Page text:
Once we have some idea of others’ cultures and the bases of their strategies, we are in a strong position to consider our own. Recently I received an inquiry from an Army major in the Judge Advocate General’s Corps. Currently he is a graduate student at the Judge Advocate General’s Legal Center and School , and was assigned my book, Culture and Conflict in the Middle East, for review. In that book, I stress the tribal foundation of Arab culture, and discuss its implications for state formation.
One question that this major raised was what I thought, in the light of my analysis, of the U.S. Army’s counter-insurgency manual‘s position that counter-insurgency should always be directed toward supporting the legitimate government.
In the light of my analysis—that there were no legitimate governments in the Middle East, and that in many regions, including urban areas, only tribal or sect-based organization was regarded as legitimate by the local population—I replied that the counter-insurgency handbook’s position that counter-insurgency should always be directed toward supporting the legitimate government was a rationalization meant to justify our intervention in our own eyes according to our own values.
The emphasis on a legitimate government might not be a rational response to our practical interests in a particular region. For example, if we want to counter an insurgency, we might need to collaborate with non-governmental, even anti-governmental organizations, such as tribes. This is what happened in al-Anbar province of Iraq, where the U.S. Army gave support to the Sunni tribes when they rebelled against the impositions of Al Qaeda in Iraq, and in turn the Sunni tribes gave the Americans support as the Americans pursued Al Qaeda. If our interests and ambitions are to block an anti-American or anti-Western initiative, we might be wise to be satisfied with that result, once achieved, and allow local folks to carry on according their vision, rather than try to impose ours.
Another way to put this is that our culture matters in how we see the world. In trying to act upon the world, we must consider whether and to what extent our interests and desires coincide, or whether our interests are more limited than our desires. This question underlies some of the disagreements between foreign policy “idealists” and “realists.”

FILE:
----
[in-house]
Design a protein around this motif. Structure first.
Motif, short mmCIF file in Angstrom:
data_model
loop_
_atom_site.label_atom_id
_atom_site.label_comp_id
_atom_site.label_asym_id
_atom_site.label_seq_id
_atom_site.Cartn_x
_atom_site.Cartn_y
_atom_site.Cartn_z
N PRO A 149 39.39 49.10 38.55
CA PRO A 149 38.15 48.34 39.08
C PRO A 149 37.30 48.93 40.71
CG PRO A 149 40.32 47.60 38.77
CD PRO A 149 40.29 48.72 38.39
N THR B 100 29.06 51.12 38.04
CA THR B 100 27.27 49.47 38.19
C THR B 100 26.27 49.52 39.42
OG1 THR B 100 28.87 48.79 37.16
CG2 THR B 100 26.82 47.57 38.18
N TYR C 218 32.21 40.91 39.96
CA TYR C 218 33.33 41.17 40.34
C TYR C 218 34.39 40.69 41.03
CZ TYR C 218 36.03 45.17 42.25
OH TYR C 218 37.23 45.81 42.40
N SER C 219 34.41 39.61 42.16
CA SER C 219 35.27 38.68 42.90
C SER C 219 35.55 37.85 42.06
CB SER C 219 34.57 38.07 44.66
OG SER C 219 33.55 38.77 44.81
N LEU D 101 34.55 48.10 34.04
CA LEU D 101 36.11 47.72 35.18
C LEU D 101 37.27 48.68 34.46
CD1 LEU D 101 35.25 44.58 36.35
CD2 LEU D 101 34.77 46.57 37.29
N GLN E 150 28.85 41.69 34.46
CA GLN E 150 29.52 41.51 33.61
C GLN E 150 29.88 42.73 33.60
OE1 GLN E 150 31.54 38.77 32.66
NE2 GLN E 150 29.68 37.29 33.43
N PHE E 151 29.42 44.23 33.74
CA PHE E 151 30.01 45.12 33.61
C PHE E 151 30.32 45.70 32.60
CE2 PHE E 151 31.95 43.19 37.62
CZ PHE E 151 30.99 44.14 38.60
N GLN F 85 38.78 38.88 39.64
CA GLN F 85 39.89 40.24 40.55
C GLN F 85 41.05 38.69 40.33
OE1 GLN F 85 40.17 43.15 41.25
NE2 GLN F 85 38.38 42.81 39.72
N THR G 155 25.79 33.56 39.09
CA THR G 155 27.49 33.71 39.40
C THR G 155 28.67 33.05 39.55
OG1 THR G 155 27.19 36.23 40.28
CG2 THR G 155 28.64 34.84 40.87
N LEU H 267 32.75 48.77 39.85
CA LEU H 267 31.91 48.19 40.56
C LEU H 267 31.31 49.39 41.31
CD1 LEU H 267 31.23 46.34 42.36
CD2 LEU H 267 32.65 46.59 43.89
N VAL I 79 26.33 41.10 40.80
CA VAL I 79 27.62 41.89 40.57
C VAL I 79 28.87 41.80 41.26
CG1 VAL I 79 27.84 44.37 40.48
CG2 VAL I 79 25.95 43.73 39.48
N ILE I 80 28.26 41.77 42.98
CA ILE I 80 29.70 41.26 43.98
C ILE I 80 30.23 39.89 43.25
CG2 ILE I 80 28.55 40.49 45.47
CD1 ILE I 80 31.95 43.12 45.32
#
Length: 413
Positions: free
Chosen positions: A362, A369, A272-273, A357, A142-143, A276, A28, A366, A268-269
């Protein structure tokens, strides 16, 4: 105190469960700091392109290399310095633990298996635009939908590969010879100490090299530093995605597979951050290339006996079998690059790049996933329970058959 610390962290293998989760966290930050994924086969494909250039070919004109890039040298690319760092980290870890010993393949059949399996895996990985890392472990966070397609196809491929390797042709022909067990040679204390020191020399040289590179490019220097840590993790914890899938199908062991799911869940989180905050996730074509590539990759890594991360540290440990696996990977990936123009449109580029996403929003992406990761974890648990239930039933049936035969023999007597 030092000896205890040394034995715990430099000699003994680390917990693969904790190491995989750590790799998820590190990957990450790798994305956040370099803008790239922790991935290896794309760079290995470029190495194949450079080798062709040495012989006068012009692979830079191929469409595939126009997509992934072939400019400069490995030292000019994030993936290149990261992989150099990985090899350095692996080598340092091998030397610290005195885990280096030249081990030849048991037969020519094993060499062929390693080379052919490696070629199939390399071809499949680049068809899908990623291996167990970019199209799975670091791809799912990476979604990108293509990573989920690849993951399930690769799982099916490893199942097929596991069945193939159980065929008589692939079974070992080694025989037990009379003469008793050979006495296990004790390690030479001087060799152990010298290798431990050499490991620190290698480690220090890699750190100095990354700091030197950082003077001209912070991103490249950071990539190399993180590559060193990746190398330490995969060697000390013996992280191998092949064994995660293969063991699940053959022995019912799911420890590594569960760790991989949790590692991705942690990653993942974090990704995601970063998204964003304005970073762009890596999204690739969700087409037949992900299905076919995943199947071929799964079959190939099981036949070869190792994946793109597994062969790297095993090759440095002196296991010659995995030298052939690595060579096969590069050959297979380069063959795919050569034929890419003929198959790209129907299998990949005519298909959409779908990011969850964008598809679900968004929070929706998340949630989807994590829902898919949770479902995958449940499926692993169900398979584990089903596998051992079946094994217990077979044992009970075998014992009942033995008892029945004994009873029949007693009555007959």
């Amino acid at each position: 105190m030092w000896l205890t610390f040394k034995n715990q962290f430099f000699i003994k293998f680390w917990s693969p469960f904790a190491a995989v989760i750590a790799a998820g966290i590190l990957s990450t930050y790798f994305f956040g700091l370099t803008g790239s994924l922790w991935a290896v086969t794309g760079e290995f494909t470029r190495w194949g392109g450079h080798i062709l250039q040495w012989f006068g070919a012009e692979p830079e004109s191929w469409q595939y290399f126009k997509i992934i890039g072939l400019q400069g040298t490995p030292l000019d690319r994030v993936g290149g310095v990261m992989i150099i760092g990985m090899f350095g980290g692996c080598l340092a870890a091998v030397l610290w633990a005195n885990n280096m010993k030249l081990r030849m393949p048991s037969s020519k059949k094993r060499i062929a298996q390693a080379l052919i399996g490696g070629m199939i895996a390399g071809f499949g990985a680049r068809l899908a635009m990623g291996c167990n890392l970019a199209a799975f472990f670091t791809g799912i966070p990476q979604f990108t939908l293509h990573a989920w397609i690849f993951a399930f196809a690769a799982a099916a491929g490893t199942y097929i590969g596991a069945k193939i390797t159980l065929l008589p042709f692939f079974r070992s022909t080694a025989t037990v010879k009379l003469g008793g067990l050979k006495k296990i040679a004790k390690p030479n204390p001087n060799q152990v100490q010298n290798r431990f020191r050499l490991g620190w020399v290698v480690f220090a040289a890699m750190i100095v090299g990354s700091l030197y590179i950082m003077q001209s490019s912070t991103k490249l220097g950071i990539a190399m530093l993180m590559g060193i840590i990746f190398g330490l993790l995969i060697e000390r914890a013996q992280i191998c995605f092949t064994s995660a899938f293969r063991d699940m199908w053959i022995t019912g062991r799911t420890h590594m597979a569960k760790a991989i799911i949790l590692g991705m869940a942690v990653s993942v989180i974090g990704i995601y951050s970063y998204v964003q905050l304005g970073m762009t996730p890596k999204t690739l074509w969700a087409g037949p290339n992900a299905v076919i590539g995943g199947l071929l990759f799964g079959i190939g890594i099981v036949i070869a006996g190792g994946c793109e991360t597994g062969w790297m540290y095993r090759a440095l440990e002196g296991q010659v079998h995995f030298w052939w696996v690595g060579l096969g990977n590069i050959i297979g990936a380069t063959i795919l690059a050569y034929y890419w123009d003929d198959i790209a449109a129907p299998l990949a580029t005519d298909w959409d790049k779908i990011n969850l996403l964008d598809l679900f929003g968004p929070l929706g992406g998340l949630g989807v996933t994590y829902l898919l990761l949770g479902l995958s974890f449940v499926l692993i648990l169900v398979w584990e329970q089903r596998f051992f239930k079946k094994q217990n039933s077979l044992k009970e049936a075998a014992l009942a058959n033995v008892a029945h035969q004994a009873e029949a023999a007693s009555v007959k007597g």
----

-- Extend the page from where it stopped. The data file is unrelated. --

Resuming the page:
The al-Anbar case is an interesting one for the general argument I am presenting here. No one needed a good cultural anthropologist more than Al Qaeda in Iraq. Mostly non-Iraqis, the Al Qaeda fighters and functionaries pushed around local Iraqis, not realizing or appreciating that they were members of tribes, or the significance of that fact. They did not consider how the local Iraqis would receive their impositions, or understand that the Iraqi tribesmen had the capability to mobilize militarily in support of their own autonomy and self-determination. As a result, local Iraqi tribesmen rebelled against Al Qaeda, fought them, and turned for the first time to ally with the Americans. If Al Qaeda had had a good cultural analysis of al-Anbar, they might have acted with more restraint and respect, and might have advanced their cause rather than being crushed, as they have been.
In sum, one contribution of cultural anthropology to strategic studies is to urge pre-strategic studies of peoples’ presuppositions, values, goals, and strategies—those of other peoples and those of our own—before moving to formulating strategies to act on the world. For to act effectively in the world requires that we know our own biases and that we know other people’s trajectories.
Philip Carl Salzman made these remarks to a working session on strategic studies and the disciplines, convened by MESH at Harvard University on September 23.